The Consumer Protection from Unfair Trading Regulations 2008 (CPUT) regulates what commercial practices by a trader towards a consumer should be considered as unfair. New civil redress for consumer provisions were introduced into the CPUT in 2014, along with updating certain defined terms to synchronise with other consumer protection law by the Consumer Protection (Amendment) Regulations 2014.
The CPUT applies to commercial practices during the entire lifetime of a consumer to trader transaction. This includes advertising, marketing, entry into the contract, performance, and enforcement. It prohibits misleading actions (Regulation 5), misleading omissions (Regulation 6), aggressive practices (Regulation 7), and commercial practices that contravene professional diligence (General prohibition, Regulation 3(3)). The CPUT also contains a list of 31 blacklisted unfair practices (Schedule 1). It gives consumer claims for civil redress regarding certain breaches, including rights to a refund. It primarily deals with business to consumer practices but can also deal with business to business practices that could affect consumers or, a trader buying a product from a consumer.
A commercial practice is defined as ‘any act, omission, course of conduct, representation or commercial communication (includes advertising and marketing) by a trader which is directly connected with the promotion, sale or supply of a product to or from consumers, whether occurring before, during or after a commercial transaction (if any) in relation to a product’ (Regulation 2(1)).
There are three types of misleading actions that the CPUT states. These are:
- A false or misleading practice. This is false information or an overall impression that deceives or is likely to deceive the average consumer, about: The existence or nature of the product, main characteristics of the product, the extent of the traders commitments, the price, the need for a service, part or repair, the nature, attributes and rights of the trader, the consumers rights, and the risks the consumer may face. The deceptive or false information must also cause or be likely to cause the consumer to take a transactional decision they may not have otherwise taken.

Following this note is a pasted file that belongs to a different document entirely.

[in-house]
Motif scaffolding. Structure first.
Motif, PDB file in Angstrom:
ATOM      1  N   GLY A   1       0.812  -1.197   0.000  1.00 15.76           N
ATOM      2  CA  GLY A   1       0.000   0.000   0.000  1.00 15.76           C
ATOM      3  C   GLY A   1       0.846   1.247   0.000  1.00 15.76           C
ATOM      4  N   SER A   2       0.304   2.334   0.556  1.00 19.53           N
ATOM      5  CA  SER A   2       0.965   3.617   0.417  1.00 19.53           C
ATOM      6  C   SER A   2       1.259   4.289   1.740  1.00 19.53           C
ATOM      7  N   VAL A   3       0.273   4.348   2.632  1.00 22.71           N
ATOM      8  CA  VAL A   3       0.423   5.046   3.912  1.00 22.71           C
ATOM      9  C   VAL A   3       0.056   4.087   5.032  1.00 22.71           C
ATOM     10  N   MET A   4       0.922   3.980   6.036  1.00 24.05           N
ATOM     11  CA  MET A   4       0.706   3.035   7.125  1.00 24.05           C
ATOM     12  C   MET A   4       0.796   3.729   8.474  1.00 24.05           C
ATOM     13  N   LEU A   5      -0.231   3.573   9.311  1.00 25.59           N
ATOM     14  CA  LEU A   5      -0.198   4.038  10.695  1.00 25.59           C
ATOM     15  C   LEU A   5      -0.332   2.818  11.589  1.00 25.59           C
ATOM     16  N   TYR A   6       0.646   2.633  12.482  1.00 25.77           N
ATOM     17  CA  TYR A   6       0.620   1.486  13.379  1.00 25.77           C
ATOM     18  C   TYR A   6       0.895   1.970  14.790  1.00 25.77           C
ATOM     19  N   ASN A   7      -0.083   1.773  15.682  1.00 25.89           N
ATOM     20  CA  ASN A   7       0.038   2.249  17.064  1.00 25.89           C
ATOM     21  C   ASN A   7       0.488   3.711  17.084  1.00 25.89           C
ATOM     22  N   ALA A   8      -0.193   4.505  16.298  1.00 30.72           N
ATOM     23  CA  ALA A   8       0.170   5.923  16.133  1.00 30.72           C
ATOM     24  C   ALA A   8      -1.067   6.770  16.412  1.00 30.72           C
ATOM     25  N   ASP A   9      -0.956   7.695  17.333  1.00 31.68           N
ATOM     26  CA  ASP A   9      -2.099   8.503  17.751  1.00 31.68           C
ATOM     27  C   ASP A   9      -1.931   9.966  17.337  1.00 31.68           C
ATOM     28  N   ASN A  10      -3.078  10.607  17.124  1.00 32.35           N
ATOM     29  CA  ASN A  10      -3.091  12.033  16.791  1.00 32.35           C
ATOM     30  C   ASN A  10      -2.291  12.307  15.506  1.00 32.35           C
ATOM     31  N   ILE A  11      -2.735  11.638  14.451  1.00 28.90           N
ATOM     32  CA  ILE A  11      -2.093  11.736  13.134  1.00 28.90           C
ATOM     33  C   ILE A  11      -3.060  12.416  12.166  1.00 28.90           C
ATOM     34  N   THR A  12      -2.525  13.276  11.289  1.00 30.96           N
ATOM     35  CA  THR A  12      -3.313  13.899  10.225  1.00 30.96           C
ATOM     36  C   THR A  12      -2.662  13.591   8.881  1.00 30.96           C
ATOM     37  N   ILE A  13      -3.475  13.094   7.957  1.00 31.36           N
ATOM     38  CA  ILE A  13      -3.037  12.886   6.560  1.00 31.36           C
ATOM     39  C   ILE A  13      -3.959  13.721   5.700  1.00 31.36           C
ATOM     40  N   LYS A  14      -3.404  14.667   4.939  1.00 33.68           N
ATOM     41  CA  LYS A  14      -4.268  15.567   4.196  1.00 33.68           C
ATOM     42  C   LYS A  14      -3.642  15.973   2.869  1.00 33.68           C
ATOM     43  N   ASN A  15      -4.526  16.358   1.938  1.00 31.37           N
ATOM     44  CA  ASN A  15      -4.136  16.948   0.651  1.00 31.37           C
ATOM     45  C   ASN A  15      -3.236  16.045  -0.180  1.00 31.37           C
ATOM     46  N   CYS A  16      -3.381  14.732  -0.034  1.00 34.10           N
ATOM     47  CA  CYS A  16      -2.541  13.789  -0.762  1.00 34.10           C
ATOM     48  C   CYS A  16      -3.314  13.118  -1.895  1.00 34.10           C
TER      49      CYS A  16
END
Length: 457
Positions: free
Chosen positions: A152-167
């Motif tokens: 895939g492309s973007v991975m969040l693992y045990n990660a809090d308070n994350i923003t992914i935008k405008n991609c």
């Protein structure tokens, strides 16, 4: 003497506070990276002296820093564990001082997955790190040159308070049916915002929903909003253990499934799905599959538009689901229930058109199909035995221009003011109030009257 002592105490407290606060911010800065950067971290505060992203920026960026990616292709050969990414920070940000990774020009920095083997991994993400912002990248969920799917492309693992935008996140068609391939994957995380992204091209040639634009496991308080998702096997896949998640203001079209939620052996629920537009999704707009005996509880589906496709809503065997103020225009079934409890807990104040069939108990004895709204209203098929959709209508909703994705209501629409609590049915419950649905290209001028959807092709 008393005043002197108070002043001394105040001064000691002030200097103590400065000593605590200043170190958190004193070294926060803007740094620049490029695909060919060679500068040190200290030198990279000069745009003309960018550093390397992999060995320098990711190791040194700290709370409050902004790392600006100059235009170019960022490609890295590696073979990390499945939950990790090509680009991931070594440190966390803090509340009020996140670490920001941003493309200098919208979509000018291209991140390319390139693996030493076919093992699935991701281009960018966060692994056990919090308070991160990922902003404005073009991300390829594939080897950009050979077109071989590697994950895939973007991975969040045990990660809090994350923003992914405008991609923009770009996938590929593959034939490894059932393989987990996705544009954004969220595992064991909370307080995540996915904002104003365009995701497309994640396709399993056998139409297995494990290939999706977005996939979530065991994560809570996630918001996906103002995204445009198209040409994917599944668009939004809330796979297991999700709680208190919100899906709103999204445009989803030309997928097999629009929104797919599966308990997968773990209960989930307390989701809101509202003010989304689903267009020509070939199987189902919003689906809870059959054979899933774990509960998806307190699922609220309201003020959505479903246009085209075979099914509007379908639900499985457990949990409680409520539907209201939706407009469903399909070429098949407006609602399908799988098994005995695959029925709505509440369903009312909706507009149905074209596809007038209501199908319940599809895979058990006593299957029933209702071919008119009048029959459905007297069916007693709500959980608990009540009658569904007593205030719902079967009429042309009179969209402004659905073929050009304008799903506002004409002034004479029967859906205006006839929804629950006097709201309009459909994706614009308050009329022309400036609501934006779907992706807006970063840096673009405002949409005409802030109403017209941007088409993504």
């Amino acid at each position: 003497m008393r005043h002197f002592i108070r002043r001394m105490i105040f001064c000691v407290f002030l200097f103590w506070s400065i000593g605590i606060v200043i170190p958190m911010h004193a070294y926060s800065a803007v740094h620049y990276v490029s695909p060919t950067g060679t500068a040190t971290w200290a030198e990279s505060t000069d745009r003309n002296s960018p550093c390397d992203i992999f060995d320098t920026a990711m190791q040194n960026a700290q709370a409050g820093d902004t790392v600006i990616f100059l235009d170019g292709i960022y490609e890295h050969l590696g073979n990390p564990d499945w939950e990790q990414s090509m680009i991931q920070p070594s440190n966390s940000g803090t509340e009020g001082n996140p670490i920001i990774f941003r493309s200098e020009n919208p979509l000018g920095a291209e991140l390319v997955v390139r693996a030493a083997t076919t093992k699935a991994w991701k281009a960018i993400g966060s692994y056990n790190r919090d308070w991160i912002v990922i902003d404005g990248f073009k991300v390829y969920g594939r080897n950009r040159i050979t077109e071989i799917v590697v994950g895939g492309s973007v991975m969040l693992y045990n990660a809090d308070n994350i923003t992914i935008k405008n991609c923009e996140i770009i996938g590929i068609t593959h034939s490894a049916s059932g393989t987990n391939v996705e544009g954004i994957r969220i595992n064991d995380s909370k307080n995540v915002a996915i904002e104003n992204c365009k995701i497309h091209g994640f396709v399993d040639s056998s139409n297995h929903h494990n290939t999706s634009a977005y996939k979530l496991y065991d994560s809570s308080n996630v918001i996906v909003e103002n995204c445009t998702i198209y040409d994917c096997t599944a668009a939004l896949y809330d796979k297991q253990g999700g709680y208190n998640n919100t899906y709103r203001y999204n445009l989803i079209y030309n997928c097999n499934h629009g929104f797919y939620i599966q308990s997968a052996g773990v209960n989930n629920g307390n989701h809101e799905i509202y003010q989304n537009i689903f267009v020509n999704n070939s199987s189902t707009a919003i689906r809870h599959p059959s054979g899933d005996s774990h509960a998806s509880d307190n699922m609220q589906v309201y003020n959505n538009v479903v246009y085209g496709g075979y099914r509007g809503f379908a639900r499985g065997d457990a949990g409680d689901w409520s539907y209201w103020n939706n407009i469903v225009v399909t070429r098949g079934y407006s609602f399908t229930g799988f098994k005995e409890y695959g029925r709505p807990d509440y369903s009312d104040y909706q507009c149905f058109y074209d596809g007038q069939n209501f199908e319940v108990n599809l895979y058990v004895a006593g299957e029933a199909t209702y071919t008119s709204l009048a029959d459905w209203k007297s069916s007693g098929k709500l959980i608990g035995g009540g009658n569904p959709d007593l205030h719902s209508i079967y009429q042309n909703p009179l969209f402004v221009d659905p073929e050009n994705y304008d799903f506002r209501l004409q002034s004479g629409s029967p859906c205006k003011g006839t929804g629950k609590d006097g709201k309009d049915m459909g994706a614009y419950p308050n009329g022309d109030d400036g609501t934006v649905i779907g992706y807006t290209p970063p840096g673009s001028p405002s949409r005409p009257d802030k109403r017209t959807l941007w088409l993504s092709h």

- A confusing comparison with a product from a competitor. This covers any marketing of a product which (includes comparative advertising) creates confusion with any products, trade marks, trade names or other distinguishing marks of a competitor. (note: comparative advertising is also governed by the Misleading and Comparative Advertising Directive 2006 and trade mark law)
- A failure to comply with a code of conduct. This must be a code the trader has accepted to comply with.
Under the CPUT a commercial practice is a misleading omission if it:
- Omits or hides material information.
- Gives material information in an unclear, unintelligible, ambiguous, or untimely way.
- Fails to identify its commercial intent unless this is already obvious from the context.
Material information is the information that the average consumer needs to make an informed transactional decision and any information requirement imposed by a European Union (EU) obligation.
A commercial practice is aggressive if the average consumers freedom to choose is influenced by harassment, coercion, or undue influence which leads them take a transactional decision they would not otherwise have made. Coercion includes the use of physical force. Undue influence is exploiting a position of power in relation to the consumer which applies pressure, even without using or threatening to use physical force.
A commercial practice is unfair if it fulfils the following two conditions:
- It contravenes the requirements of professional diligence. Professional diligence is the standard of special skill and care which a trader may reasonably be expected to exercise towards a consumer.
- It results in a material distortion of the economic behaviour of the average consumer in relation to a product or is likely to do so. Material distortion is when the consumers ability to make an informed decision is impaired so that they make a decision they would not otherwise have made.
The general prohibitions allow enforcers to take action against unfair commercial practices that do not fall under misleading, aggressive, or specifically banned practices making it future proof.
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